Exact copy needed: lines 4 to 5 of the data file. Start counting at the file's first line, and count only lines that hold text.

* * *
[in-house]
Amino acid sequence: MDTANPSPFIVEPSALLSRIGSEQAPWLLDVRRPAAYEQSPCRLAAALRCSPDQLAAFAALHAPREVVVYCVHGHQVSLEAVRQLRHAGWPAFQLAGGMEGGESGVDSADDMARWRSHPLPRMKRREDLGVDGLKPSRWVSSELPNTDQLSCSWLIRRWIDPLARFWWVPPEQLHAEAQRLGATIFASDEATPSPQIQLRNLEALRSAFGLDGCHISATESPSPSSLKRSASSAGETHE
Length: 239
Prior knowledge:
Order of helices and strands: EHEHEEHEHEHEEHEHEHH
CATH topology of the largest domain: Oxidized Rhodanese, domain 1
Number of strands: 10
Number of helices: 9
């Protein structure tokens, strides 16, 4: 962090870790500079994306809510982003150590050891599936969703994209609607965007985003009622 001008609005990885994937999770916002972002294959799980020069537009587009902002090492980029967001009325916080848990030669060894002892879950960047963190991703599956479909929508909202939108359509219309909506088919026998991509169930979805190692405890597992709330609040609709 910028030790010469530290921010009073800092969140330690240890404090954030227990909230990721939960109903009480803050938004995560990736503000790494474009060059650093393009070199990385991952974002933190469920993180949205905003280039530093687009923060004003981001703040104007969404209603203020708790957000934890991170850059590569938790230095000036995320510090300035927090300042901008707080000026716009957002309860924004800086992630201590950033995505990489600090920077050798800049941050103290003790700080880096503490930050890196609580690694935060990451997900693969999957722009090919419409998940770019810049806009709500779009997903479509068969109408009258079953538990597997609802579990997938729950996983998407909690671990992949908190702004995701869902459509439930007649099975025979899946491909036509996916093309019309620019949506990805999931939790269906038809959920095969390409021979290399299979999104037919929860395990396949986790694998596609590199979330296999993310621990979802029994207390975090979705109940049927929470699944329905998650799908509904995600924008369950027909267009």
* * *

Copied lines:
Prior knowledge:
Order of helices and strands: EHEHEEHEHEHEEHEHEHH